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Member postings for Nick Clarke 3

Here is a list of all the postings Nick Clarke 3 has made in our forums. Click on a thread name to jump to the thread.

Thread: Oxy hydrogen torches
23/05/2019 09:07:37
Posted by James Alford on 23/05/2019 07:16:22:

I needed to do a lot of brazing on a large copper structure, but could not justify the cost of oxygen bottles or the gas. I fabricated a compressed air-propane torch which I ran off from a small compressor. It was no doubt less efficient than oxy-propane, but was still more than powerful enough to braze the structure well.

I made the torch using ideas from the web. It took a while to fine tune it, but the cost was negligible.

James.

Edited By James Alford on 23/05/2019 07:18:03

Interestingly when I first joined a ME society 50 years ago or thereabouts, air/town gas torches were commonplace (as were fearsome paraffin blowlamps) Nowadays, like most other people, I use propane and while for silver soldering it is the bee's knees, it is not hot enough for brazing.

Perhaps a step back in time is not that bad a thing from time to time, especially with the easy availability today of propane and cheap compressors.

Thread: Help a beautiful lady
20/05/2019 09:18:43

Leicester used to be a centre of shoemaking so that may be another 'yellow pages' to search through

Thread: Hobbymat MD200
19/05/2019 18:46:47

I would also suggest that if all are within your price range, the fact that most mini lathes are larger capacity and a more powerful motor than the Sieg C1 might direct you towards them, perhaps.

Edited By Nick Clarke 3 on 19/05/2019 18:48:02

Thread: Grizzly Beers
19/05/2019 10:22:28

Good luck with the gig - and if you go back another twenty five years before your 1995 I rowed next door at the Nottingham & Union club where my school kept its boats. Thanks for the memory!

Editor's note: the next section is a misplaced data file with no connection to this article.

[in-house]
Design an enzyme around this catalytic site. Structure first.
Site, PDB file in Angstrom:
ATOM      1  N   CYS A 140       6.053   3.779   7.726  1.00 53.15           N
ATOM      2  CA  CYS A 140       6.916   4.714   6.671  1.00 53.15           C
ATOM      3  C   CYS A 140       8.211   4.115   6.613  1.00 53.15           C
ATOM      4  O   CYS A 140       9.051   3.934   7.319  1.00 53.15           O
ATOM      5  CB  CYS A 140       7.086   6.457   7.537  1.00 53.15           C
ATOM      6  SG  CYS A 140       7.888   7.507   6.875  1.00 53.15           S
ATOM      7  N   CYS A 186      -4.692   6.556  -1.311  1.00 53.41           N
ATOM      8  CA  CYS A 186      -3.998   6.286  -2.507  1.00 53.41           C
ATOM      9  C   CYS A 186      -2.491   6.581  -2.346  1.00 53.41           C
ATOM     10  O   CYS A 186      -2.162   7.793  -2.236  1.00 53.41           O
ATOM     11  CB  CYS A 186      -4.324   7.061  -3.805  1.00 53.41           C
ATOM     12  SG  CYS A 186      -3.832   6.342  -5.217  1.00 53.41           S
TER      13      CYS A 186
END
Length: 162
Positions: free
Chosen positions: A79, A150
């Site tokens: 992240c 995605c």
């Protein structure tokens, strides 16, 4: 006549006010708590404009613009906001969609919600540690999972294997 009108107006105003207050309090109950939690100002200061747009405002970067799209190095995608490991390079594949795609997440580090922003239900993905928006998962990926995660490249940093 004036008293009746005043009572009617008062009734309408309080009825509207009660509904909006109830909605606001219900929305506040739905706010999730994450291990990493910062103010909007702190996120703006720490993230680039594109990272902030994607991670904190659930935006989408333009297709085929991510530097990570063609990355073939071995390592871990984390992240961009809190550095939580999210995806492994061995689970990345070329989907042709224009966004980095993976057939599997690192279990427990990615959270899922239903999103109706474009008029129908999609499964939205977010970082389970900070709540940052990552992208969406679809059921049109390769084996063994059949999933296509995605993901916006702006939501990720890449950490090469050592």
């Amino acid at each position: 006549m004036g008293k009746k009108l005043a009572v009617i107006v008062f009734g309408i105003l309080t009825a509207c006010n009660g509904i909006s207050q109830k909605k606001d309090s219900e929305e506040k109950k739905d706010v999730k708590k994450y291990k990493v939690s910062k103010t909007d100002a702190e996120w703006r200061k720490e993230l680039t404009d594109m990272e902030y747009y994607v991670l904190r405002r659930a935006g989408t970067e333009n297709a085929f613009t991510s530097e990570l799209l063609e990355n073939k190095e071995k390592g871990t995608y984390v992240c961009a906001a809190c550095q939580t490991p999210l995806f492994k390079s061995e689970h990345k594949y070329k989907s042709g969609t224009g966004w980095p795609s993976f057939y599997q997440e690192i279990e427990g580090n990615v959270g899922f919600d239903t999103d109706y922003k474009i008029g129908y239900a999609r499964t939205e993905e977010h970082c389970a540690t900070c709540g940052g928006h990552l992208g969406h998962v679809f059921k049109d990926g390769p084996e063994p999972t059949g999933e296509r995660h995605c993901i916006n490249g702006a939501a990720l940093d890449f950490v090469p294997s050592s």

Have Fun.

PS Is the 'Tea??' room a suitable place for this post - perhaps we need an 'Ale Bar with music' forum as well?  

Edited By Nick Clarke 3 on 19/05/2019 10:25:18

Thread: Equipment required
19/05/2019 08:48:50

If we are talking about a new lathe then almost any one will be physically big enough to do the job.

The largest jobs in building a locomotive are wheels, cylinders and trimming the boiler tube (if you intend to build your own boiler)

Taking the modern 'mini' lathe with a swing of 180mm and the largest wheels you will ever encounter on a 2 1/2" loco at say 115mm over the flange there is no problem fitting them on the machine. Outside cylinders will fit easily as well, but where there is a double inside cylinder block it could be more tricky, however if you use a boring bar between centres and fix the block to the crossslide it can be managed. The boiler tube of an express engine may be more of an issue, because of its length, but if you can't fit it careful filing or a visit to someone with a ;larger lathe would be a possibility. choosing a smaller prototype would obviously help.

I fact all of the components of even a 7 1/4" LBSC Tich loco would physically fit on a long bed version of the mini lathe, although the boiler barrel would be a serious squeeze I suspect!

But your problem isn't just fitting the components on the lathe it would be is machine be powerful enough, at slow speeds especially and rigid enough to do the job? Taking care here I suspect anything is possible, but I have to confess it is outside my direct experience.

If you are considering buying a lathe then a bit bigger is definitely better and means less fiddling, and there is more likely to be enough power for the job.

Interestingly in the past there have been smaller lathes of 100mm swing or even less and while these would be too small physically to make an express engine, even in 2 1/2" gauge, if fitted with a back gear would have more than enough power to make a loco with smaller wheels successfully!

Thread: Silvering brass
14/05/2019 19:17:27
Posted by SillyOldDuffer on 13/05/2019 10:22:09: